Guazzone, answers her first question decisively, by stating that the impact of international trends on the middle east is significant, and can be seen in the beginning of the transformation of the region from warfare to a welfare system. That is from a system based on power relations to a system based on interdependence. However there is a key issue in Guazzone’s literature, and that is the relationship between the opportunities of the middle east interdependence and the constraints dictated by other elements, such as “political cultures and systems, prospects for military and social conflicts macroeconomic tendencies, new geopolitical rivalries and policies of major domestic and international actors”. In this book Norton’s analysis concentrates on specific factors, such as the tole of the military, religion and civil society, and their effect on the transition from authorities to democratic political systems. Furthermore Salem takes a historical perspective upon review of the main Arab political currents economically and politically. Joffe also adopts a historical perspective and acknowledges the geographical resources offered to the middle east and the positive and negative effects it has on its economic and political spectrum. It is important to note the analysis by Choucri, that puts the issue of population movements, crucial intersections between economy and politics in a specific middle eastern perspective.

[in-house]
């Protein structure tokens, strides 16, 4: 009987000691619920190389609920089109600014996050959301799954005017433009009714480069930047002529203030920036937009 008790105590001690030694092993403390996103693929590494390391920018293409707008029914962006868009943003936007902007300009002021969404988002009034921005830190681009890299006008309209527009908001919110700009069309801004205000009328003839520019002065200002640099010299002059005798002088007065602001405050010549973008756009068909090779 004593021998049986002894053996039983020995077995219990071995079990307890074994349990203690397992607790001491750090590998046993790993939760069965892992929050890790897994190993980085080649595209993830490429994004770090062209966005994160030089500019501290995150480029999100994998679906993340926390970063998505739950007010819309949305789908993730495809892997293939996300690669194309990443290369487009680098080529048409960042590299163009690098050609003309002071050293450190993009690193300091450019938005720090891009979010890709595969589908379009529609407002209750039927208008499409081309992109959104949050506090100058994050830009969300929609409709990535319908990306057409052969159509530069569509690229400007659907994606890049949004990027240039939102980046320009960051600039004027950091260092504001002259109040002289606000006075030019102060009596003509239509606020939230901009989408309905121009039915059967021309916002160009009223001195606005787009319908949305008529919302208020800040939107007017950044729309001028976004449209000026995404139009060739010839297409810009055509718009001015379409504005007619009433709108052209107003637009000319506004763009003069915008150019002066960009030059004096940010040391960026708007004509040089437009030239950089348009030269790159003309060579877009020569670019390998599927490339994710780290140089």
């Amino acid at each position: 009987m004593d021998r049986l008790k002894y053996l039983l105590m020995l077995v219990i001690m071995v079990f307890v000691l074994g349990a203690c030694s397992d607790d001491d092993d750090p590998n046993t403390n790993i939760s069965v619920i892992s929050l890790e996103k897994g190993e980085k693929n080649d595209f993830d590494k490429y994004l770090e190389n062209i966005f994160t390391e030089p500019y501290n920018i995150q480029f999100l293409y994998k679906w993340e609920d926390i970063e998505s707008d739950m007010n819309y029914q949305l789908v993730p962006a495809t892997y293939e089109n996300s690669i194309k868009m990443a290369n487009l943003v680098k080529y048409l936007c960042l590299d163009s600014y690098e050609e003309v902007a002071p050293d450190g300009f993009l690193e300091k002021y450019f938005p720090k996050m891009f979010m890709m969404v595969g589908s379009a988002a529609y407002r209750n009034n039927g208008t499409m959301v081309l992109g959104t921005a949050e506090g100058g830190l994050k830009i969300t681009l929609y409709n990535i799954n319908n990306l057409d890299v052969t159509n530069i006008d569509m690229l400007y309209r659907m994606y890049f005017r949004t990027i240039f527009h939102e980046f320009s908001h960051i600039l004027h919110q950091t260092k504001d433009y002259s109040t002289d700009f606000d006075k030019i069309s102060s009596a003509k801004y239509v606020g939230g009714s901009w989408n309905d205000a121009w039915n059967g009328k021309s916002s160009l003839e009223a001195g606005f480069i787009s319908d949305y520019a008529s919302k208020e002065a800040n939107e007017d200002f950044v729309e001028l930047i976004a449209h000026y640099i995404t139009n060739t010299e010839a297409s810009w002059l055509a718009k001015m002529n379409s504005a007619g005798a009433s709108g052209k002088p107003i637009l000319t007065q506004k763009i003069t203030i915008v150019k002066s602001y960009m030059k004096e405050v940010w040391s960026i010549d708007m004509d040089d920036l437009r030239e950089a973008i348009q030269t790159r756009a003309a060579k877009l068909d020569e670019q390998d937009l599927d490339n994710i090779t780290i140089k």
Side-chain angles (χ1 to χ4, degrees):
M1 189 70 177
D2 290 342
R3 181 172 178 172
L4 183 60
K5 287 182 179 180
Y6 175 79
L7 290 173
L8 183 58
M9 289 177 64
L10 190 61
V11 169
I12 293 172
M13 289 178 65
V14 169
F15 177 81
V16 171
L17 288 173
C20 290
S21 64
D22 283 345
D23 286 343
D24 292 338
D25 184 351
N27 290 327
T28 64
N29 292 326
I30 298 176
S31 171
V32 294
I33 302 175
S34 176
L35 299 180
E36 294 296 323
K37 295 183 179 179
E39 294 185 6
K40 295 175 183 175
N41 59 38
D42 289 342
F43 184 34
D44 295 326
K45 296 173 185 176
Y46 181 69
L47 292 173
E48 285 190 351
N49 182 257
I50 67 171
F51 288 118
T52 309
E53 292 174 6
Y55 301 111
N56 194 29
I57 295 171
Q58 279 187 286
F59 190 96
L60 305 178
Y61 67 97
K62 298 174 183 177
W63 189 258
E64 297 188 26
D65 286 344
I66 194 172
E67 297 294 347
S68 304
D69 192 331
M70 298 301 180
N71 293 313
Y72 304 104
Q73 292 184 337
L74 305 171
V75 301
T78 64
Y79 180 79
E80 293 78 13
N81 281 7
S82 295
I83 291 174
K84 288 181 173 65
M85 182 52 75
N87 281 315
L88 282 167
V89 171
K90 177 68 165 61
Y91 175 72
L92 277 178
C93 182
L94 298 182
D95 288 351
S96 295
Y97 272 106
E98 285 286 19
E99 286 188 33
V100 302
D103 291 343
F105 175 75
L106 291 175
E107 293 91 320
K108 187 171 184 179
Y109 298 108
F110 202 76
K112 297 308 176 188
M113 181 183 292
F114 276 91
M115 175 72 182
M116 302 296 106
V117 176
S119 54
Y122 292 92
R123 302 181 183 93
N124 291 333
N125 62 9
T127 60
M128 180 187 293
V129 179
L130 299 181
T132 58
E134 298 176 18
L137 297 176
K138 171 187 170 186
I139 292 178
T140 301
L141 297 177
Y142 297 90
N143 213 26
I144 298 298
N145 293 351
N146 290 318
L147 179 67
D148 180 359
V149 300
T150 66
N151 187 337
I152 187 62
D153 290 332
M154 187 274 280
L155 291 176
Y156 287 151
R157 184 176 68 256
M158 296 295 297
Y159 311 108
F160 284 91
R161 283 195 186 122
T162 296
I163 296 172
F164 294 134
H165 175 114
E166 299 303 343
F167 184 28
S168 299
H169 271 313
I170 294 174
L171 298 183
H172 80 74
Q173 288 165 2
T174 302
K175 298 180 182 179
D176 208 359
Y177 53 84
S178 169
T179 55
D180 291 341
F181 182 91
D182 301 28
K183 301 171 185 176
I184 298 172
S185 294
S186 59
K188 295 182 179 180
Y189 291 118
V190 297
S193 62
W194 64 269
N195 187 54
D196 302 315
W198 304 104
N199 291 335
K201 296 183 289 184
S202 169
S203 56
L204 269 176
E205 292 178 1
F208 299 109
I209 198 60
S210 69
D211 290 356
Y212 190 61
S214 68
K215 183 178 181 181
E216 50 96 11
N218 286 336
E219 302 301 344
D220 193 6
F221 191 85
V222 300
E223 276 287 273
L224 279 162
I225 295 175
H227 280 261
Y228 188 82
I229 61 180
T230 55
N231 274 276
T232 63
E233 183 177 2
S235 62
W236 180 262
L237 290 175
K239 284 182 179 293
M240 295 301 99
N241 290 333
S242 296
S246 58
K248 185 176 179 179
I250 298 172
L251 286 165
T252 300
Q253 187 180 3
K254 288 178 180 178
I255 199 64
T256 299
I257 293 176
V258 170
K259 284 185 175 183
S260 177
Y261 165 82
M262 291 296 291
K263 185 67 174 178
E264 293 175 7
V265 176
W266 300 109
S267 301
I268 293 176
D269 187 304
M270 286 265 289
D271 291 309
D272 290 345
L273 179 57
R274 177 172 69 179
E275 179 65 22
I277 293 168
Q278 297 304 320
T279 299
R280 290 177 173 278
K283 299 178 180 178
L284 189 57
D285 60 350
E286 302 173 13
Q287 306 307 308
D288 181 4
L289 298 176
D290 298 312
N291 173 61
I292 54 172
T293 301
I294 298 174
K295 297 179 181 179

Moving on a key pice of literature that will be helpful in aiding my study by Rao Shakuntala and Seow Ting Lee focuses on the globalisation of media ethics among international political journalists. “Globalisation media ethics an assessment of universal ethics among international political journalists” Shakuntala et al 2012. The article reports how the journalists of the middle east and Asia categorise professional values and the impact of of a potential universal ethics code within the media. This ethics code is suggested to make reporting within the middle east clear and more ethical, and therefore is relevant to the study because we can apply the ethics code to the Political VS Economic affairs reported by the British media. Despite no specific example being the UAE Shakuntala highlights the scepticism of an ethics code imposed by Westerners, However, the conclusion is that a core set of values would be beneficial for the media correspondence of the middle east. Media perspective literature is important for my study to crucially analyse the reasons behind why the media is running certain stories. Shakuntala highlights the ethics that are reported by the media and the disparities between economic and political media coverage. Alongside the Shakuntala et al articles. F. Gregory Gause III. Wrote a journal “Why Middle East studies missed the Arab spring”. The myth of authoritarian stability. This journal goes deep in to understanding, the political sphere of the Middle East and how it operates within the parameters of the west. Gregory suggests that the Middle East’s state controlled economy was a pillar of stability for there countries that adopted it, Gregory suggests that the middle east has been under estimated and that Middle East specialists “have rethinking to do” most specifically about the effects of economic change and political stability.